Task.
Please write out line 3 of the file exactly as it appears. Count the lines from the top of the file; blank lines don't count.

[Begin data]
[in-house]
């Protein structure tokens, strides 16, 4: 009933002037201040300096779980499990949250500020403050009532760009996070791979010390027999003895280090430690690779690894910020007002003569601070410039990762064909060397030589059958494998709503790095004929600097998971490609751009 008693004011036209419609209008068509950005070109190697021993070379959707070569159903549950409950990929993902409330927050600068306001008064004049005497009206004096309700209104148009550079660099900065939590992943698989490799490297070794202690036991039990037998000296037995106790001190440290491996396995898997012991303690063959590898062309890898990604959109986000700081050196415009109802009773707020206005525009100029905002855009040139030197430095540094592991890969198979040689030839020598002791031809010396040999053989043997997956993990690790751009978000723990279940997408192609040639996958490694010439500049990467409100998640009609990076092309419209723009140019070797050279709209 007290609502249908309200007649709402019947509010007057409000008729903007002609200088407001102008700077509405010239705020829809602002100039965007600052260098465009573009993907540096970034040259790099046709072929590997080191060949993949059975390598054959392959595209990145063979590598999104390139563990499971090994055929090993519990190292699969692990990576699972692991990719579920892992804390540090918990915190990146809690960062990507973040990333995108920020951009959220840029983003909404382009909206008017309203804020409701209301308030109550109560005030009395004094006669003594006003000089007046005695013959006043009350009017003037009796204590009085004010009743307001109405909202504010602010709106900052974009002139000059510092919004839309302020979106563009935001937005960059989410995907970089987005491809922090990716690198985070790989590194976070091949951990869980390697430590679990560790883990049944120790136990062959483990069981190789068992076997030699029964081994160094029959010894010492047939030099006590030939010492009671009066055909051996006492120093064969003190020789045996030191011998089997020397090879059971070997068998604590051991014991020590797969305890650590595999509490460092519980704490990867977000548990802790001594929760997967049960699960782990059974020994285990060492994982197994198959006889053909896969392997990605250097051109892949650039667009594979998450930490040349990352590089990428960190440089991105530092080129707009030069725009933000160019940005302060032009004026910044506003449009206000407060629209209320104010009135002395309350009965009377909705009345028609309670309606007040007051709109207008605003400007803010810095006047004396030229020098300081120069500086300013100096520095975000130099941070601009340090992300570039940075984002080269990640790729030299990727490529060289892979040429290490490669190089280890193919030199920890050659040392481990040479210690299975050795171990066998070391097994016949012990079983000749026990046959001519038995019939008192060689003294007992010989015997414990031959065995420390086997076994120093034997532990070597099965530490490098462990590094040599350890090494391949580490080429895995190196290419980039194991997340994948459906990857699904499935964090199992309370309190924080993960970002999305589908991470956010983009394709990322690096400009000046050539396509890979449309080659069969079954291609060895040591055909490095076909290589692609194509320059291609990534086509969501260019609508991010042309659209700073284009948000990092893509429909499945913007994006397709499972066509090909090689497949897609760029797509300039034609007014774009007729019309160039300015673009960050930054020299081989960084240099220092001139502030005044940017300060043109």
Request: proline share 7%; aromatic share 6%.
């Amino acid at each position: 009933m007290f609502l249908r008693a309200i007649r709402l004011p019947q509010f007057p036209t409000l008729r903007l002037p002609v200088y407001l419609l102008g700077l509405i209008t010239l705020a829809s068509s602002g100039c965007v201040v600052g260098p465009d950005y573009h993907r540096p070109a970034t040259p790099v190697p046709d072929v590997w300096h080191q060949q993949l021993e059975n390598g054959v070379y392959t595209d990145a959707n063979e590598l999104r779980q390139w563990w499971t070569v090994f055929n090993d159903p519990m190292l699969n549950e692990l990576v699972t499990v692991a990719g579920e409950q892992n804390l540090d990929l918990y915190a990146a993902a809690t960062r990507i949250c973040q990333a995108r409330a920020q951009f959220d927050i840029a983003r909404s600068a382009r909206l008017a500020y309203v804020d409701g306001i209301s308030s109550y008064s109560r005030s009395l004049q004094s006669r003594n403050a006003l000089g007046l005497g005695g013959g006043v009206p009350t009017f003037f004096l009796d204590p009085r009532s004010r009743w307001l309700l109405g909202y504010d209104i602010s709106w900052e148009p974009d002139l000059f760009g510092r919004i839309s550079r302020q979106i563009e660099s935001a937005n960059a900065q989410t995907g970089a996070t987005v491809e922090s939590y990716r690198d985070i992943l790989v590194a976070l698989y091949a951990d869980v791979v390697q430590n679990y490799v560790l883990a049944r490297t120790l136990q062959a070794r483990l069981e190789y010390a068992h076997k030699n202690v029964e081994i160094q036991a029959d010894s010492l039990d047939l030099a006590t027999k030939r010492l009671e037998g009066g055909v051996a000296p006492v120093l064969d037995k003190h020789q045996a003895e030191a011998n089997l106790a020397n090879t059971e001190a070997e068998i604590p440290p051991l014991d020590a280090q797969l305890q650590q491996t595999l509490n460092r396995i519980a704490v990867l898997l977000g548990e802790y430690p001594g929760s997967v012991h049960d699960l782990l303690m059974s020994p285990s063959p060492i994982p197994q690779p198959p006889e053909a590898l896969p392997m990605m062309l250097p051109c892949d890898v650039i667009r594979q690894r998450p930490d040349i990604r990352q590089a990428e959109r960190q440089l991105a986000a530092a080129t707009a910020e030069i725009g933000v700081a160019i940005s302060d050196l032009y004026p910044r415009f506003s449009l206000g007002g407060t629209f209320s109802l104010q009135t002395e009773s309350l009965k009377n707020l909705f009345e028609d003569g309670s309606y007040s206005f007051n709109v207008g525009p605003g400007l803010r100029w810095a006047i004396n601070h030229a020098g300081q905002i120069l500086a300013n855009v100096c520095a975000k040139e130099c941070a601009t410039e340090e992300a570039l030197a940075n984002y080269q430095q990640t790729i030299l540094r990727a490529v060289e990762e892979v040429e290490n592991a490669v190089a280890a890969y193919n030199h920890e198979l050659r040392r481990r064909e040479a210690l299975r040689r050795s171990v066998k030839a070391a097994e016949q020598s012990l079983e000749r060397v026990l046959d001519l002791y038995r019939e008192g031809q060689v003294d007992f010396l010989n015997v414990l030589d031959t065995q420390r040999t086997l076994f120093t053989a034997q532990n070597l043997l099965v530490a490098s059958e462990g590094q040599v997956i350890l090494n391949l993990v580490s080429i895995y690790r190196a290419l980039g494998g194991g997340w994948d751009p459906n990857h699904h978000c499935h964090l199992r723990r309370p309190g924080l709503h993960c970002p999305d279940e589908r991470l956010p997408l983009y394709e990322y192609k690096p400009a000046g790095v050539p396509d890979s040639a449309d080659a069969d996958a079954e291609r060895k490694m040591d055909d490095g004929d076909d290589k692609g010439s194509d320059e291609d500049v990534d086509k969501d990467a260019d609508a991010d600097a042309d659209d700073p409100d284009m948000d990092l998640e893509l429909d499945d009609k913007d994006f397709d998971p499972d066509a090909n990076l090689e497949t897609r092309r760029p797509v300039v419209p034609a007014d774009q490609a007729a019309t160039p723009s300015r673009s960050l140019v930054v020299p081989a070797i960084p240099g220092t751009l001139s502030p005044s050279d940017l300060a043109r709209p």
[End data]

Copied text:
Request: proline share 7%; aromatic share 6%.